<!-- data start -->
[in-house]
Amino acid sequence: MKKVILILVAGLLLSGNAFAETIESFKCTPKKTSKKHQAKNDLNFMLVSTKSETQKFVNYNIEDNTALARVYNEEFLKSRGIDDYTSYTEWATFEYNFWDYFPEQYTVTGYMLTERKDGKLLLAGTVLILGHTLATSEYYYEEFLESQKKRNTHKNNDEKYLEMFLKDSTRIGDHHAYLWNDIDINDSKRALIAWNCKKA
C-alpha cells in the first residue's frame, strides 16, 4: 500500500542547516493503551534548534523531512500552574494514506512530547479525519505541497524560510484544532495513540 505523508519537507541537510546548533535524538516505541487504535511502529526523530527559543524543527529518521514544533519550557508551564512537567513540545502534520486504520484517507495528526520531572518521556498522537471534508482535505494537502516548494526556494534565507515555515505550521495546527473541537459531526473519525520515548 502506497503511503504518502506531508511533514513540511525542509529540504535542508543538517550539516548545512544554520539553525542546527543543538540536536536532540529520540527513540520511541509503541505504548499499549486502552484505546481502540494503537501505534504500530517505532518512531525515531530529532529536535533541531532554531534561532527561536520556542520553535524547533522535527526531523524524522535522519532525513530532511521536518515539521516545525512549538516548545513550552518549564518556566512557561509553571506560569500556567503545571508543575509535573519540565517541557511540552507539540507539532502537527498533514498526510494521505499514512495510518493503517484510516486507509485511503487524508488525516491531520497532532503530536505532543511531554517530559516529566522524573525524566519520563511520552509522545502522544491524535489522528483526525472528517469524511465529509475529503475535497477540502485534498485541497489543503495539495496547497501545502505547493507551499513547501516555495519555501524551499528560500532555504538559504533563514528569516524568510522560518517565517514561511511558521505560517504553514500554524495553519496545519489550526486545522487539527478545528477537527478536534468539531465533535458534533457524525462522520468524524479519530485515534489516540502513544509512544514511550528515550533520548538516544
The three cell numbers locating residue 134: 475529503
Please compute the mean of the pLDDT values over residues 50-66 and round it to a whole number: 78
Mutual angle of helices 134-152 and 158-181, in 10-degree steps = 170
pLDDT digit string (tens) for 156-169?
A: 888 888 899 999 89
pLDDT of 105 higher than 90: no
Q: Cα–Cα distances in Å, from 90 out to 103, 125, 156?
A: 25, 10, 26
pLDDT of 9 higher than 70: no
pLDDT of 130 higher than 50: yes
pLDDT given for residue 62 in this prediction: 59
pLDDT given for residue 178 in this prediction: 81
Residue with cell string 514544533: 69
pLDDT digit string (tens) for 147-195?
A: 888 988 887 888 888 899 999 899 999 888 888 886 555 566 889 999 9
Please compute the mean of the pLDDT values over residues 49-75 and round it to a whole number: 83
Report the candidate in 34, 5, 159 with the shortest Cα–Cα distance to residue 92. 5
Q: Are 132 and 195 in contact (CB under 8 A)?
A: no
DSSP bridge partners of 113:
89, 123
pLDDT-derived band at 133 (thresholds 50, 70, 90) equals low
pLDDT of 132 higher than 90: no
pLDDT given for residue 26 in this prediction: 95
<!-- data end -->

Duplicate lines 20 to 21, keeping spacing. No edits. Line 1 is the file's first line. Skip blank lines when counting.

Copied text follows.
Report the candidate in 34, 5, 159 with the shortest Cα–Cα distance to residue 92. 5
Q: Are 132 and 195 in contact (CB under 8 A)?